Phosphate-induced autophagy counteracts vascular calcification by reducing matrix vesicle release

Xiao-Yan Dai, Ming-Ming Zhao, Yan Cai, Qing-Cong Guan, Ying Zhao, Youfei Guan, Wei Kong, Wei-Guo Zhu, Ming-Jiang Xu, Xian Wang
Kidney International 2013, 83 (6): 1042-51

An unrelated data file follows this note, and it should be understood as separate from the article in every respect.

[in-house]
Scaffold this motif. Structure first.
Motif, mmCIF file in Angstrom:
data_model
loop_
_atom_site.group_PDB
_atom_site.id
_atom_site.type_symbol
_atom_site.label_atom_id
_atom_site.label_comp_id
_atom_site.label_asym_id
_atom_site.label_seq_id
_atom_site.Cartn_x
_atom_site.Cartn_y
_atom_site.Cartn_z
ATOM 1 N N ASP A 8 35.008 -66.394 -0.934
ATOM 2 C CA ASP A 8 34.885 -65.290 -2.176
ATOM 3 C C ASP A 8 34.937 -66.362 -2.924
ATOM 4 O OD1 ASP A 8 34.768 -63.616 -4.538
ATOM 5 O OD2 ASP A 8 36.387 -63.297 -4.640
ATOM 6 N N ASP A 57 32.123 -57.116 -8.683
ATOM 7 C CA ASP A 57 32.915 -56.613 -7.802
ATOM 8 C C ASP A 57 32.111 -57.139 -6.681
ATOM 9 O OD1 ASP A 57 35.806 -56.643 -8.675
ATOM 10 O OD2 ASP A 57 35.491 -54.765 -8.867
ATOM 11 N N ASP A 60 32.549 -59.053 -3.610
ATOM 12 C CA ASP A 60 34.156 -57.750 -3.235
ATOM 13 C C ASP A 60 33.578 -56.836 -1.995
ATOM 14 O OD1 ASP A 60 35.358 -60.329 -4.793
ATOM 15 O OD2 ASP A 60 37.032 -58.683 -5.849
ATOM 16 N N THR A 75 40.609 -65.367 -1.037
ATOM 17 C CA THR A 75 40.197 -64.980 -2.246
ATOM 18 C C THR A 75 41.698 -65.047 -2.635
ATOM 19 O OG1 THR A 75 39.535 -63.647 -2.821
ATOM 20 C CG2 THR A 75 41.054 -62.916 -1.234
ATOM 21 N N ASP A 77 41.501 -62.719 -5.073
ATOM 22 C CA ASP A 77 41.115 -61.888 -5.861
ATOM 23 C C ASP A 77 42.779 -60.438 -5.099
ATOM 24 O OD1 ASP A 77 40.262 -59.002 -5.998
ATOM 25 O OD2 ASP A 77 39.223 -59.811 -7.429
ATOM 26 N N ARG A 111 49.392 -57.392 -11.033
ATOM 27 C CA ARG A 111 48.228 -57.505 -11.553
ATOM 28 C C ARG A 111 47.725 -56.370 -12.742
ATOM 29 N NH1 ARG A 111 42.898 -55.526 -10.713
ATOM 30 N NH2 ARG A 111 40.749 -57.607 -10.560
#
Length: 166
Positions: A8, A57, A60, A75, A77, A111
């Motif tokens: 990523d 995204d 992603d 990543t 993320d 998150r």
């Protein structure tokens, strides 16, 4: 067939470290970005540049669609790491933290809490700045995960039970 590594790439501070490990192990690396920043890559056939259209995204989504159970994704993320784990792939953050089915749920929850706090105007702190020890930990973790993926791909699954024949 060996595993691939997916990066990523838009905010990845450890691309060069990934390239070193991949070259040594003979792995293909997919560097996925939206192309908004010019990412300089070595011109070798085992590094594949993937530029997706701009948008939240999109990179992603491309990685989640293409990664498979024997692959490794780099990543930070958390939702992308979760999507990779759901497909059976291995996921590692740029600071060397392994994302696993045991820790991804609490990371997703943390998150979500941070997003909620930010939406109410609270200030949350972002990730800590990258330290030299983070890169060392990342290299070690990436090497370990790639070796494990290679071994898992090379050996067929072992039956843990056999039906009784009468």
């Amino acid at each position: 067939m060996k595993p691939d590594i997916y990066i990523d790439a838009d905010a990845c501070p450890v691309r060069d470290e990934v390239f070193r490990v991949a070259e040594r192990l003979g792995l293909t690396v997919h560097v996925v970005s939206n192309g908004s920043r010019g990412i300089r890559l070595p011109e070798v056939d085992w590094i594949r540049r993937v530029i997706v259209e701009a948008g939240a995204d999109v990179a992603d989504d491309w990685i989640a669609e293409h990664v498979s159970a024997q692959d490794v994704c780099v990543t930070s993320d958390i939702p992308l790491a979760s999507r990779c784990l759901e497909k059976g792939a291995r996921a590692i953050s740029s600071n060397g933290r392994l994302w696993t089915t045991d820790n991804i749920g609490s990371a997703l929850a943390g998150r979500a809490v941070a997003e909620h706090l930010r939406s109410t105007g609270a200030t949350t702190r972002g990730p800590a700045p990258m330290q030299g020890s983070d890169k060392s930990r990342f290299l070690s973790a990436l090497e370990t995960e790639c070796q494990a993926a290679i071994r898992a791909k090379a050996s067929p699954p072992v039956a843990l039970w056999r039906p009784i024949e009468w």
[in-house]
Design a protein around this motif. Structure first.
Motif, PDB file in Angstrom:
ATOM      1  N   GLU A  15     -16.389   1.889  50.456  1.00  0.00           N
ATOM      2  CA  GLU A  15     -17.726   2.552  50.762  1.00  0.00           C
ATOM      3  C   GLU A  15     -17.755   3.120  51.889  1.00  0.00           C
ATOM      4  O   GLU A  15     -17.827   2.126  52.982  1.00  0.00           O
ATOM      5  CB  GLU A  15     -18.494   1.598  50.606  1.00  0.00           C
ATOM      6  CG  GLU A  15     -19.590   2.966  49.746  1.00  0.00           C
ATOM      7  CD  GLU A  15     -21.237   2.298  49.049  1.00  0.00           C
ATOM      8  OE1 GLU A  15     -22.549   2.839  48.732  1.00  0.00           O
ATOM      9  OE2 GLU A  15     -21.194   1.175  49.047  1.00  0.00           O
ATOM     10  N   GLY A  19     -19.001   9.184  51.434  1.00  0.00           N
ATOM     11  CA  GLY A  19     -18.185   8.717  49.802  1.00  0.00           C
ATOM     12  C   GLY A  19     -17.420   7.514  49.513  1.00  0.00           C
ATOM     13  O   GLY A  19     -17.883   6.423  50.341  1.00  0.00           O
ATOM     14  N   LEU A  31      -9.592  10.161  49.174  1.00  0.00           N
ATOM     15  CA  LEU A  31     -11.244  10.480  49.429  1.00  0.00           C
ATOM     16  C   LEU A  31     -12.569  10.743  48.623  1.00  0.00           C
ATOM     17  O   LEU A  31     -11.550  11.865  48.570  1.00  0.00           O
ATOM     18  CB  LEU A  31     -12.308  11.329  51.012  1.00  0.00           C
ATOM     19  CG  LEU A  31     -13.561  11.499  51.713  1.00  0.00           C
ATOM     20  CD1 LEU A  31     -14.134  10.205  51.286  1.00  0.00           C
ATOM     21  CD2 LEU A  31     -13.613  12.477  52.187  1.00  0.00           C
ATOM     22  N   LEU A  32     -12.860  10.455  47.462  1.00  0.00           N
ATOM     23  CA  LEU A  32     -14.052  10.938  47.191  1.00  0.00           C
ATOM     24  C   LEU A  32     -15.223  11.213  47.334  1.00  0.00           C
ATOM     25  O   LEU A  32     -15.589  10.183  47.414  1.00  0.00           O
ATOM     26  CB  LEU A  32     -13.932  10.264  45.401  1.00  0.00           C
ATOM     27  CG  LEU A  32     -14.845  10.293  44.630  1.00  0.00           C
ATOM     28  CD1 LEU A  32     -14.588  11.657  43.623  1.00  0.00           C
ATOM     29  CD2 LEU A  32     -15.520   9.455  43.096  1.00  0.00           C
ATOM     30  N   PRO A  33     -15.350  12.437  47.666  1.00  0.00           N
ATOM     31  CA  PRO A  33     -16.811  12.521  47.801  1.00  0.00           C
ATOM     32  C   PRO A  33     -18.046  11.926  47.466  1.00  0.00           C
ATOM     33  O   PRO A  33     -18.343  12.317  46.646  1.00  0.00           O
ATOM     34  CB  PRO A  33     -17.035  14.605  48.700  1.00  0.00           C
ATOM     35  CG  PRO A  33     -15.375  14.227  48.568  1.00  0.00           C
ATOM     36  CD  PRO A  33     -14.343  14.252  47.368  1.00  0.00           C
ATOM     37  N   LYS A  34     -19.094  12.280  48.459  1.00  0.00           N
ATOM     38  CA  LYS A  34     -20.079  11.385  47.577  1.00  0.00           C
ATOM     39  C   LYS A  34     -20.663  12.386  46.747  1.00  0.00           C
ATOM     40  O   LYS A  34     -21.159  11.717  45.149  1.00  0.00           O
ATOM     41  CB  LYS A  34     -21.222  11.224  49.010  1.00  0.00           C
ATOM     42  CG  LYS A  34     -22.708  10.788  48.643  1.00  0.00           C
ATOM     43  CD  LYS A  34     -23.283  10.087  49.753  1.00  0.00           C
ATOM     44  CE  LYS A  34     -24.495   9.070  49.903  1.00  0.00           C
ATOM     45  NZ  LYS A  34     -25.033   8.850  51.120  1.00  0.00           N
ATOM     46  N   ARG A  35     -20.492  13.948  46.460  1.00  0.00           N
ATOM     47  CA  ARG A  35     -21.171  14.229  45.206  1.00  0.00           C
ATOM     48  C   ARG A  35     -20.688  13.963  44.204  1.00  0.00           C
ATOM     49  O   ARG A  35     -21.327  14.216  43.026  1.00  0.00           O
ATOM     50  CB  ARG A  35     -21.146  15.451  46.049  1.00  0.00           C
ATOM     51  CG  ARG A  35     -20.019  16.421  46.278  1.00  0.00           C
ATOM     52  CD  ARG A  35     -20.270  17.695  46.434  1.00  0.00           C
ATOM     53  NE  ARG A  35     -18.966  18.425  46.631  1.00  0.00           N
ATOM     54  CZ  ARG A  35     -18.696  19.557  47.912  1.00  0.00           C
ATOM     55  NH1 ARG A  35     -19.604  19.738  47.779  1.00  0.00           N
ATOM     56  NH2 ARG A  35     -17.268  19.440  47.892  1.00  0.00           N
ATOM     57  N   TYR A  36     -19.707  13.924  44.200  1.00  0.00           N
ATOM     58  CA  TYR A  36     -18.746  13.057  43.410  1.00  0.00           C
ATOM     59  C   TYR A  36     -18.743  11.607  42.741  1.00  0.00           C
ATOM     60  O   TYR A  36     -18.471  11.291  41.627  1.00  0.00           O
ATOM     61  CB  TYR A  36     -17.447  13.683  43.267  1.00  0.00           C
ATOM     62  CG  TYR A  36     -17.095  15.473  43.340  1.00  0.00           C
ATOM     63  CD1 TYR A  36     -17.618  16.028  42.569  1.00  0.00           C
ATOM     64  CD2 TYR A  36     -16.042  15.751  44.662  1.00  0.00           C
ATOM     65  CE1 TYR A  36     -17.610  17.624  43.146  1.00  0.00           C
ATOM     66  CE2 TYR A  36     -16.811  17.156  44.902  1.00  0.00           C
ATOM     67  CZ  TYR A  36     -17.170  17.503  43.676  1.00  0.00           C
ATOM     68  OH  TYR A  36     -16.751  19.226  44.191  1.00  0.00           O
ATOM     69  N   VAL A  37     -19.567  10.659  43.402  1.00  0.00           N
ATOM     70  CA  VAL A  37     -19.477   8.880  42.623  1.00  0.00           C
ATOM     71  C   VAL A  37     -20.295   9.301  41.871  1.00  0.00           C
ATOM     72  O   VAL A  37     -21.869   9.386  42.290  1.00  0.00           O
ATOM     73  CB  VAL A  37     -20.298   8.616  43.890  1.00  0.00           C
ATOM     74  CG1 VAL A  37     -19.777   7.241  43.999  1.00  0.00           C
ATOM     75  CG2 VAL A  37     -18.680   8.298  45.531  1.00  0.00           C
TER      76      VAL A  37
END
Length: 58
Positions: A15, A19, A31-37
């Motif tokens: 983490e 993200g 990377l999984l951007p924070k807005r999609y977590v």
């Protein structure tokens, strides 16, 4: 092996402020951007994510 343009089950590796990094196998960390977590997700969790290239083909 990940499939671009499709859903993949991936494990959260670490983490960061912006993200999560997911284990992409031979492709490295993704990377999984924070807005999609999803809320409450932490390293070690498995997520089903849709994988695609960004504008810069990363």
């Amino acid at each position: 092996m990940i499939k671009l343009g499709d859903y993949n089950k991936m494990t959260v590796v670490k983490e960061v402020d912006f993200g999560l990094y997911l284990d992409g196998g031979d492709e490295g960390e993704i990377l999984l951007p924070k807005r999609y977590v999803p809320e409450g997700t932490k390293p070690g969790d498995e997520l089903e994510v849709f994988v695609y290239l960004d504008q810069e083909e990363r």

Autophagy is a dynamic and highly regulated process of self-digestion responsible for cell survival and reaction to oxidative stress. As oxidative stress is increased in uremia and is associated with vascular calcification, we studied the role of autophagy in vascular calcification induced by phosphate. In an in vitro phosphate-induced calcification model of vascular smooth muscle cells (VSMCs) and in an in vivo model of chronic renal failure, autophagy was inhibited by the superoxide dismutase mimic MnTMPyP, superoxide dismutase-2 overexpression, and by knockdown of the sodium-dependent phosphate cotransporter Pit1. Although phosphate-induced VSMC apoptosis was reduced by an inhibitor of autophagy (3-methyladenine) and knockdown of autophagy protein 5, calcium deposition in VSMCs was increased during inhibition of autophagy, even with the apoptosis inhibitor Z-VAD-FMK. An inducer of autophagy, valproic acid, decreased calcification. Furthermore, 3-methyladenine significantly promoted phosphate-induced matrix vesicle release with increased alkaline phosphatase activity. Thus, autophagy may be an endogenous protective mechanism counteracting phosphate-induced vascular calcification by reducing matrix vesicle release. Therapeutic agents influencing the autophagic response may be of benefit to treat aging or disease-related vascular calcification and osteoporosis.

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